The story is missing the usual Dardenne brothers’ twist, and instead, at its core is an ill-advised detective story and a case of morality, guilt, and the drive to do the right thing. The house calls and open communication with doctors will confound some U.S. viewers, but the various vignettes during Dr. Davin’s gumshoe work keep us engaged. The sub-plot with Dr. Davin reigniting intern Julien’s passion for medicine also maintains the minimalist approach and restrained performances … all with a very grounded approach with mostly handheld cameras.

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TWO DAYS, ONE NIGHT (Deux jours, une nuit, Belgium, 2014)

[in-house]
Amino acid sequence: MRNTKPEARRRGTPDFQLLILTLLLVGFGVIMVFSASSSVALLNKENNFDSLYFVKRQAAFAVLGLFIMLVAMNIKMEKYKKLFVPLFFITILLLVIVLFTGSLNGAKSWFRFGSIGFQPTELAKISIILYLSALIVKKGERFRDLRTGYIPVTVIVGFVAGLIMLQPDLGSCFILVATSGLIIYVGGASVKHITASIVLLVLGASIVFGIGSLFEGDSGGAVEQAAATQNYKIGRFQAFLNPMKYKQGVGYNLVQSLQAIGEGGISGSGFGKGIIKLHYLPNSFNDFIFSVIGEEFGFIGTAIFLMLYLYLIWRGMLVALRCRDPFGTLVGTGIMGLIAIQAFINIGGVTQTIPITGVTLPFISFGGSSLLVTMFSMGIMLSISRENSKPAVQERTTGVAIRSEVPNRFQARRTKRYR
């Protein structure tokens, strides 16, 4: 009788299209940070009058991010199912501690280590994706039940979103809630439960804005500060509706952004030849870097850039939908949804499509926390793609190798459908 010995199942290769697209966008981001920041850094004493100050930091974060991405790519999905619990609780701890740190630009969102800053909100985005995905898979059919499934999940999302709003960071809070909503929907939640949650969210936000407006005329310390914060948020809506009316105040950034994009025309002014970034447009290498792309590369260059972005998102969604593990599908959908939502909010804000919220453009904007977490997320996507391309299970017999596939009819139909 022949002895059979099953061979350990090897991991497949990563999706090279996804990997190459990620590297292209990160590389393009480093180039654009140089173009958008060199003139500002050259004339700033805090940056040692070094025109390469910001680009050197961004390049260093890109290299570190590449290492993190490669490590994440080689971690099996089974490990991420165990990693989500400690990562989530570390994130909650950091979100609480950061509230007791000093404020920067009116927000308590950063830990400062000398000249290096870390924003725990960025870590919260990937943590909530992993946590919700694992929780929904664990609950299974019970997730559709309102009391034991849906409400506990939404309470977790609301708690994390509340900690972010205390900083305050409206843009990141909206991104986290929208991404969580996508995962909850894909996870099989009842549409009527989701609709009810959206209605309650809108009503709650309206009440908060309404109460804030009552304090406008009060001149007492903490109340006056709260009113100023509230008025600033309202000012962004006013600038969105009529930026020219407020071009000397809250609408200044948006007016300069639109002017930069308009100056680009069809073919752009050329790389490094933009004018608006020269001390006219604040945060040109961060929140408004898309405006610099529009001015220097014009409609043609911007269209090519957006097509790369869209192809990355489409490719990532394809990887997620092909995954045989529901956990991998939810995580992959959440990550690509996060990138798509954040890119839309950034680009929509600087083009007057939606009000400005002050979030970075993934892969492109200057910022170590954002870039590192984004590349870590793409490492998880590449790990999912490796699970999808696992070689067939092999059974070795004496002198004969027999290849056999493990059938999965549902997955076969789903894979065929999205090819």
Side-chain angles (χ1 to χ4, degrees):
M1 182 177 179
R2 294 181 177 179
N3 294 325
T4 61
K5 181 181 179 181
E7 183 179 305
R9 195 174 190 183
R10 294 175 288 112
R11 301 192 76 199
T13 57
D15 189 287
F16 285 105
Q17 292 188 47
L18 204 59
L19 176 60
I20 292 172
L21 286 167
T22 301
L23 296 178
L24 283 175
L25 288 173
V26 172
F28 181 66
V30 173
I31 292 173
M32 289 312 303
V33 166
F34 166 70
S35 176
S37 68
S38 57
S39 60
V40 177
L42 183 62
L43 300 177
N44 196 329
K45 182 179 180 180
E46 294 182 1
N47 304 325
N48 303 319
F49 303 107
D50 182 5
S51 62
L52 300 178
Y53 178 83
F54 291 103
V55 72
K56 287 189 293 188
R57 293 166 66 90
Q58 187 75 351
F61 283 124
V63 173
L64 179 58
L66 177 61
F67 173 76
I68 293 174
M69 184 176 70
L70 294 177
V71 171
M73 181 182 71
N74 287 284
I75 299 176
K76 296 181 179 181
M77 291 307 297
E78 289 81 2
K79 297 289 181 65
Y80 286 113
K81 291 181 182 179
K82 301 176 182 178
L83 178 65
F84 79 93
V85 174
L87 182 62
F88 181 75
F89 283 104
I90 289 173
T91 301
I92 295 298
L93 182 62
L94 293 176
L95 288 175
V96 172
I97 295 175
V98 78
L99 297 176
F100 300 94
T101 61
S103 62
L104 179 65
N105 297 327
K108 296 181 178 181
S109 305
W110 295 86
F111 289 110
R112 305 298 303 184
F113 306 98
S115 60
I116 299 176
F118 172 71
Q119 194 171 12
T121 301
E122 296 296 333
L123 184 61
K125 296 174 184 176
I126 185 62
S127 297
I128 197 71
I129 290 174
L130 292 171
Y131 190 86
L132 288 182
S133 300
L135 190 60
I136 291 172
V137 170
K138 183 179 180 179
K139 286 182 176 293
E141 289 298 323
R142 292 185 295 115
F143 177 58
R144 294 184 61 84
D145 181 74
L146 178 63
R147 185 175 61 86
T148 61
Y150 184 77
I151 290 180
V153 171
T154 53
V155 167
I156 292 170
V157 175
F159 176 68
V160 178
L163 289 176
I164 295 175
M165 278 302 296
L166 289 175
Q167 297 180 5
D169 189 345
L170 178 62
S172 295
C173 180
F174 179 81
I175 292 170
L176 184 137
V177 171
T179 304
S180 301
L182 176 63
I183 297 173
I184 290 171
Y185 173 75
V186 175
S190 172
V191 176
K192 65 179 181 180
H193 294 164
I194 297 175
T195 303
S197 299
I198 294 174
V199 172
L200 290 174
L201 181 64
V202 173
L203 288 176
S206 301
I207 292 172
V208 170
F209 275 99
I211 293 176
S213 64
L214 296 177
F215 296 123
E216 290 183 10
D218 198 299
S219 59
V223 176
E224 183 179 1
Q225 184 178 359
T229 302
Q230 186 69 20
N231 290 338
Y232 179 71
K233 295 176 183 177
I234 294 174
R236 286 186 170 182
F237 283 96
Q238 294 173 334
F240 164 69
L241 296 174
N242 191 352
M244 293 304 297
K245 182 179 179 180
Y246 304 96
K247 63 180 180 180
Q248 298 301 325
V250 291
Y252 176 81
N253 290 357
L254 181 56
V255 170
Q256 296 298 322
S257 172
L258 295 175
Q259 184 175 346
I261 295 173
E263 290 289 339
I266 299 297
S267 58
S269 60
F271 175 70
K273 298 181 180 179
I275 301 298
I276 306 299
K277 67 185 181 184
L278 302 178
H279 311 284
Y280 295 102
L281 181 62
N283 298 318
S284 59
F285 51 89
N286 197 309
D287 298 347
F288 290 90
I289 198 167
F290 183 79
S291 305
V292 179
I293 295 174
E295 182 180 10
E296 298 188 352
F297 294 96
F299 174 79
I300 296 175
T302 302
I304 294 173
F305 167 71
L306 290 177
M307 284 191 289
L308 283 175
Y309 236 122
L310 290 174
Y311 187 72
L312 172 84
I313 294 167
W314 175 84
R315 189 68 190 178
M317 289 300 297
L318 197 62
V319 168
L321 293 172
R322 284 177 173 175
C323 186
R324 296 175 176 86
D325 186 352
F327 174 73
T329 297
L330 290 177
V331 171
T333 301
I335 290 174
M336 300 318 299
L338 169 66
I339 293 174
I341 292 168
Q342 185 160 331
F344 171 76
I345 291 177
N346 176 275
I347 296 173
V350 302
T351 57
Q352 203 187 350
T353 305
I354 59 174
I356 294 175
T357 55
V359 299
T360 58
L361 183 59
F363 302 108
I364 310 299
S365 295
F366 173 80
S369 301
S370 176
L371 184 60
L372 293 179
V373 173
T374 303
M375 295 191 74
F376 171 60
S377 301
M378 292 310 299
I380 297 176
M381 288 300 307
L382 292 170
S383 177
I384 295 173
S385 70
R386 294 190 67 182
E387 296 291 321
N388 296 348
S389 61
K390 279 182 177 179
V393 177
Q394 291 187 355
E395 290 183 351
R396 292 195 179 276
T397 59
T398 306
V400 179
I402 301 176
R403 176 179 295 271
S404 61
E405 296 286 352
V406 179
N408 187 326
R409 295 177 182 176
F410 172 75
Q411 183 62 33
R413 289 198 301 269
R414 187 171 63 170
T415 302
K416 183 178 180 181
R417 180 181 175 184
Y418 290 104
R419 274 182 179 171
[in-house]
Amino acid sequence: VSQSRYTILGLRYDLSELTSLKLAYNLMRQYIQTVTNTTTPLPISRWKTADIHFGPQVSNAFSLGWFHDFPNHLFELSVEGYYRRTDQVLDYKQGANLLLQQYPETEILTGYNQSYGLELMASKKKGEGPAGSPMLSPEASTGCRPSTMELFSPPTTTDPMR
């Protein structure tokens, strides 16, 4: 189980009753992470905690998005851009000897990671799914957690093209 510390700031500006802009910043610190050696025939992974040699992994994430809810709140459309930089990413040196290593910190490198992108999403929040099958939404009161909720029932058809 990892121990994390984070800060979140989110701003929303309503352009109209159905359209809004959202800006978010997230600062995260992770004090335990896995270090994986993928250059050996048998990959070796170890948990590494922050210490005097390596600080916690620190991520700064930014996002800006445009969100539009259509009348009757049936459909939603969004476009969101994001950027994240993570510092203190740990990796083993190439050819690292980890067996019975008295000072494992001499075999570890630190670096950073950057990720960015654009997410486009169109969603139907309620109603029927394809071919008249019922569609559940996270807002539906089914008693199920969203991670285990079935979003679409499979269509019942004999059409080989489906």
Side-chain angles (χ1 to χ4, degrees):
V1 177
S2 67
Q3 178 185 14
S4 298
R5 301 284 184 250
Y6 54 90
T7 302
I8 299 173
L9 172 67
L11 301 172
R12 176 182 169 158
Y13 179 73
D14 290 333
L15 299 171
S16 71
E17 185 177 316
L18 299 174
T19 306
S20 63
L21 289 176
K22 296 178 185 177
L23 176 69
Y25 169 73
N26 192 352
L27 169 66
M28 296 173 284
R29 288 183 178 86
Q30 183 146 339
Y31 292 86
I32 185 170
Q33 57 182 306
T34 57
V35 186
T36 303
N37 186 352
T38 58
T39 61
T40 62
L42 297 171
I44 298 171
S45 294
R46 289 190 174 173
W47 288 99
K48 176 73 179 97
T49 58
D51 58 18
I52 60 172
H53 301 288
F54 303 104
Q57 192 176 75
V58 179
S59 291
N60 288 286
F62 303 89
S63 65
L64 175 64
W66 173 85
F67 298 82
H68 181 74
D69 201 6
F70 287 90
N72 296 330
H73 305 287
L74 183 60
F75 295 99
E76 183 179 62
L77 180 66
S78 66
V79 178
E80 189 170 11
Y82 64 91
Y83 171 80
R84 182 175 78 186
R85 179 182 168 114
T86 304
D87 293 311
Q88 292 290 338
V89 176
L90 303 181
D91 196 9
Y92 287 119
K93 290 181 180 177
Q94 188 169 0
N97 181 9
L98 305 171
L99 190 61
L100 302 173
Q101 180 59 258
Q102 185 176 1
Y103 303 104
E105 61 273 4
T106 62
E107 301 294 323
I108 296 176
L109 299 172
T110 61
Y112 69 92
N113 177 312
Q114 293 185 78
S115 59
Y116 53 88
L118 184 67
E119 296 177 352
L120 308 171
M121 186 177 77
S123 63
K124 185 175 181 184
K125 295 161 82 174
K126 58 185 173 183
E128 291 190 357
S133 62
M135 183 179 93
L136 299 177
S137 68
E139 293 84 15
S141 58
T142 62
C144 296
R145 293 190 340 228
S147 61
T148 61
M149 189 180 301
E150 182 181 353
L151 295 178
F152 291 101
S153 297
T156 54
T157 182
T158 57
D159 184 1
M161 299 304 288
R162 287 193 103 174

January 29, 2015

two days one night Greetings again from the darkness. The Dardenne Brothers (Jean-Pierre Dardenne, Luc Dardenne) are filmmakers who excel at forcing us to take notice of human nature. This time they take the unusual step of working with an A-lister in Marion Cotillard, yet rather than create a distraction, this works for making the lead character even more realistic and believable.

Sandra (Ms. Cotillard) is a working class wife and mother who has gone through recovery after a bout with severe depression. She has been on leave from her factory job and now uses her Xanax as a crutch when she gets a little anxious. Just as it’s time for her to return to work, she learns her co-workers chose a bonus over allowing Sandra to keep her job, through some type of cruel vote facilitated by company management.